Dog Grooming Milwaukee

What Type of Grooming Does My Dog Need?

The simple answer when it comes to what type of grooming you dog needs is that all dogs need to be groomed on a regular basis to keep them healthy and happy. Starting a routine when they are puppies is a vital step toward a long life of grooming. As anyone whose dog has rolled in something disgusting can attest, the clean-up process is much easier when your pooch is accustomed to baths!

Getting started

To start, you should acclimate your puppy with being touched and handled. When you pet them and play with them, make sure to touch their ears, paws, tail, belly and muzzle, and practice lifting their lips so you can see their teeth.

If your pup shies away when you touch certain areas, pay particular attention to those spots. Keep practicing moving your hand close to him, praising him and rewarding him each time you can get closer. This should be done over a period of time, in brief sessions — puppies have very short attention spans.

When your puppy can tolerate being touched all over, work on getting him used to being rubbed down, using the same motion you’d use to towel dry a dog after a bath.


Once your pup is used to being touched and rubbed, you can start brushing her. Short, daily sessions full of praise and positive reinforcement are key. Choose a calm spot in your house and gently run the brush through her fur. At this age, if you encounter a stubborn tangle, trim it instead of yanking the brush through it. You want her to tolerate and even enjoy being brushed so when she’s older she doesn’t turn and run when you get out the combs.

Nail trimming

Puppies don’t really need their nails to be trimmed right away, but again, it’s easier to get them used to it now than when they’re adults. Start by just gently squeezing your pup’s paws and toes so he gets used to the motions and the feeling of his feet being handled for trimming. When he’s used to that, trim one nail a tiny bit. Then give your puppy a treat and a break. Depending on how traumatic it was for the two of you, you might wait until the next day. Then, trim another nail, give your pup a treat and repeat the process until everyone’s used to it.

If it proves too difficult, getting your nails trimmed by a professional is fairly low cost and can reduce the stress between you and your dog.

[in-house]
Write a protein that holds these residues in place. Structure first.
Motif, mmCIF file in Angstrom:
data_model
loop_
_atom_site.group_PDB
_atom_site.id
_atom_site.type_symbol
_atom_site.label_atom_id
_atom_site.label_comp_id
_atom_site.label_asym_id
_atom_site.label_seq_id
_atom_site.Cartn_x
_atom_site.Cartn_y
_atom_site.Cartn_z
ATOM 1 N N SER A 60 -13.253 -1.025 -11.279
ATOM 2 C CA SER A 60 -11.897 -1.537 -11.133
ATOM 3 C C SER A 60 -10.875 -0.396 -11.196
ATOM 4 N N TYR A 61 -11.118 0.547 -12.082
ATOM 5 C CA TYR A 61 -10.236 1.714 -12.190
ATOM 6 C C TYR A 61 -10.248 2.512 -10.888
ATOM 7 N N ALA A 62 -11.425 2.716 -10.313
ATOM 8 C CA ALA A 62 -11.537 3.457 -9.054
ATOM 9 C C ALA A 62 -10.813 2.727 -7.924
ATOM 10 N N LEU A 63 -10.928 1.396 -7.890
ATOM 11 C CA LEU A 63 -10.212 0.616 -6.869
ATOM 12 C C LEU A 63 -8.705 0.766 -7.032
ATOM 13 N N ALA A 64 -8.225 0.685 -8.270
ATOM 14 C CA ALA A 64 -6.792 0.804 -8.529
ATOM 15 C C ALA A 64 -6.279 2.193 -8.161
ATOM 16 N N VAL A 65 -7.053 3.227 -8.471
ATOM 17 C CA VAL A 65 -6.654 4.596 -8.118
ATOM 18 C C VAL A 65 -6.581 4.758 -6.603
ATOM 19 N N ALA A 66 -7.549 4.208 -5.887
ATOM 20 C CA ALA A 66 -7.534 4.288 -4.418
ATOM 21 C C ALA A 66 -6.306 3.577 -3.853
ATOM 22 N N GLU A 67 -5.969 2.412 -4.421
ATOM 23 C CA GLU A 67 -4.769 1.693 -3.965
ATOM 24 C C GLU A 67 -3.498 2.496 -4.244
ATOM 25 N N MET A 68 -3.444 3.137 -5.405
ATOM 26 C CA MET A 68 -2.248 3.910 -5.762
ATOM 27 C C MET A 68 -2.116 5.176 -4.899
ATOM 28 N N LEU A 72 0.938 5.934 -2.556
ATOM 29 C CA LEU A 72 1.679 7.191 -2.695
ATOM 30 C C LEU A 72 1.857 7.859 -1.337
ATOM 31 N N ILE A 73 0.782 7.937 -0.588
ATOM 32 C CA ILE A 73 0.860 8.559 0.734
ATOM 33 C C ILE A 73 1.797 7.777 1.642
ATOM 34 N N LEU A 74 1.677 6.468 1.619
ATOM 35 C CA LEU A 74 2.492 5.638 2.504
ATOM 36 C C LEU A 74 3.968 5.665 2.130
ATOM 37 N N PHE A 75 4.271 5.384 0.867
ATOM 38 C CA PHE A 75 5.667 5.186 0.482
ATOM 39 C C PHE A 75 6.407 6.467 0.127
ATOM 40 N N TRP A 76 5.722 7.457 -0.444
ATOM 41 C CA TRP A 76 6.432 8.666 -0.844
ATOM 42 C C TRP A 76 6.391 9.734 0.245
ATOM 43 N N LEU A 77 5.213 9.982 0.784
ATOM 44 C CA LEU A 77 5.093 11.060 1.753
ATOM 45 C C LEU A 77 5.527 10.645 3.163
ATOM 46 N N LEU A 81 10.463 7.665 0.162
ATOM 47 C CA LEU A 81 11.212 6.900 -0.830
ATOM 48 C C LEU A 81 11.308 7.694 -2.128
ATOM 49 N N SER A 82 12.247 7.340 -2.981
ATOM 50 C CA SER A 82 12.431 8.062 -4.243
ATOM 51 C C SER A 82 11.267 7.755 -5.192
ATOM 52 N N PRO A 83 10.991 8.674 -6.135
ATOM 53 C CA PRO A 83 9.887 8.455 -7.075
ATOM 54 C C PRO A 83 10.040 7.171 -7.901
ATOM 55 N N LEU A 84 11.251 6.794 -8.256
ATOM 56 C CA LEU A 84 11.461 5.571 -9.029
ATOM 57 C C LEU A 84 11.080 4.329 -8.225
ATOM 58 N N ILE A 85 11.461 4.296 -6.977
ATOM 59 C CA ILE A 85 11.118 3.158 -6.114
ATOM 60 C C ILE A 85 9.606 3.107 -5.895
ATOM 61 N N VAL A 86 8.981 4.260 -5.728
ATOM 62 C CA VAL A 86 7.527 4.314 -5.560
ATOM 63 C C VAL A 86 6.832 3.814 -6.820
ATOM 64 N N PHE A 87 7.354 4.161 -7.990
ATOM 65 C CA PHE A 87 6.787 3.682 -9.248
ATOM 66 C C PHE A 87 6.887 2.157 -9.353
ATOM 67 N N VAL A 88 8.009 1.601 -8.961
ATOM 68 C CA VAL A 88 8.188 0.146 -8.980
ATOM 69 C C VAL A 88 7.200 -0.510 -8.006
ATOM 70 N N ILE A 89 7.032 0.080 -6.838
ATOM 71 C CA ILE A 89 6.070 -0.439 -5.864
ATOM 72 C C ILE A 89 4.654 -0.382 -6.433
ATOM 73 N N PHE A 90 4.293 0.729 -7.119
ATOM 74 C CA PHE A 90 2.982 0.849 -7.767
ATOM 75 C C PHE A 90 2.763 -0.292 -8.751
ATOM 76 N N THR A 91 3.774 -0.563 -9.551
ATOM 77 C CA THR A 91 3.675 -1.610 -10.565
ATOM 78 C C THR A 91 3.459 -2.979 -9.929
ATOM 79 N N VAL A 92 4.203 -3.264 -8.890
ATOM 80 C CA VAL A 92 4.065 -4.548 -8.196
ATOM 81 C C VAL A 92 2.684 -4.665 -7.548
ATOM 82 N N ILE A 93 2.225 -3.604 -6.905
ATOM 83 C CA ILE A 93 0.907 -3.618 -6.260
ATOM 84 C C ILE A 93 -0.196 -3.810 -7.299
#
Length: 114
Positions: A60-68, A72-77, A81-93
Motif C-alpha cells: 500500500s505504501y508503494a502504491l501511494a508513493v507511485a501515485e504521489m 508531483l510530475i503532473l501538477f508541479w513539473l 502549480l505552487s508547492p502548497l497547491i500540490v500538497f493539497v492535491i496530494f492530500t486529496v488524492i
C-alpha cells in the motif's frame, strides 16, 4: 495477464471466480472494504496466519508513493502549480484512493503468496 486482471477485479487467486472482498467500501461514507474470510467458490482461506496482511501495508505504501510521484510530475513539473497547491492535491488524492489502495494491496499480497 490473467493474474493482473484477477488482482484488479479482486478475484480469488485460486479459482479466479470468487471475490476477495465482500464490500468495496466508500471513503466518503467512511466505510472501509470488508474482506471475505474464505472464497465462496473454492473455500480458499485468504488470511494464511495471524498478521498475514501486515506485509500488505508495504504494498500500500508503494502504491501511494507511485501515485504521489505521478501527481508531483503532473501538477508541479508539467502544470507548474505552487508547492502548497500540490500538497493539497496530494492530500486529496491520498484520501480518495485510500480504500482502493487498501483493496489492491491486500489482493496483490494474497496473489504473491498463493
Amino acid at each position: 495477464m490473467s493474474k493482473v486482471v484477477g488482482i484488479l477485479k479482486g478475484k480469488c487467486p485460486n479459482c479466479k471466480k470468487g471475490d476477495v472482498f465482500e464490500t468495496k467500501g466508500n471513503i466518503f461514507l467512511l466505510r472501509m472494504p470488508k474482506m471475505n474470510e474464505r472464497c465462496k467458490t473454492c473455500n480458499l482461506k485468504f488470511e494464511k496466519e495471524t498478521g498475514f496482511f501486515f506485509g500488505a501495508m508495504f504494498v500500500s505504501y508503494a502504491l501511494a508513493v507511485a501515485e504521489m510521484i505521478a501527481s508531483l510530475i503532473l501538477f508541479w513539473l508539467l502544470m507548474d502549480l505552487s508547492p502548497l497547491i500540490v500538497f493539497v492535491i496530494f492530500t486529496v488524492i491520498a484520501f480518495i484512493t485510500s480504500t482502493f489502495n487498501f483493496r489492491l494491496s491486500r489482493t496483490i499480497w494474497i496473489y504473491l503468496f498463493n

Tooth brushing

Like everything else, acclimate your dog to tooth brushing by taking small steps. Get a puppy toothbrush (these are smaller and softer than the adult toothbrushes) and let your dog check it out. Let her sniff it, lick it and even chew on it. Then introduce her to toothpaste. Put a dab of toothpaste on your finger and let her sniff it and lick it. Gently and carefully rub it on her teeth. Squirt some on the toothbrush and let her lick at it. Once she’s done all of that, carefully put the toothbrush in her mouth and gently run it over her teeth and gums. Start in the easy places — the front teeth and canines — and over the next session or two, work your way to the back teeth. Be sure to heap praise and rewards on your pup during each step of this process to make it as positive as possible.


To teach your dog about baths, begin by plopping him in a tub with a small bit (an inch or so) of warm water. Let him get used to the feel of the water on his paws and belly and try to make it fun by putting some toys in the tub. Give him lots of praise and treats. After you’ve done this a couple of times, add more water, if your pup is bigger, and start getting them used to having water poured on them. Fill a cup and dribble a little bit on his legs and then the other parts of his body when he seems to tolerate it.

When he’s gotten used to that, you can introduce the sprayer (if you have one). At first, just hold the sprayer in a corner of the tub and spray it while giving your puppy a treat. Let him investigate the sprayer and when he seems to be used to it, you can begin working on getting him used to being sprayed down. Start with his feet and legs and then move on to the other parts of his body.

From there, you can move on to full baths, which should be a cinch after all the prep work you’ve done!

An occasional bath at a facility that has the right tools for bathing a dog can prevent stress between you and your dog, and unnecessary wear and tear on your home’s bathtub and drains.

For a more in-depth look at specific grooming needs, you can check out the ASPCA, PetMD and Drs. Foster and Smith.

Need a hand when it comes to grooming?  PetU are happy to take care of your dog’s grooming needs. For a list of services, click here!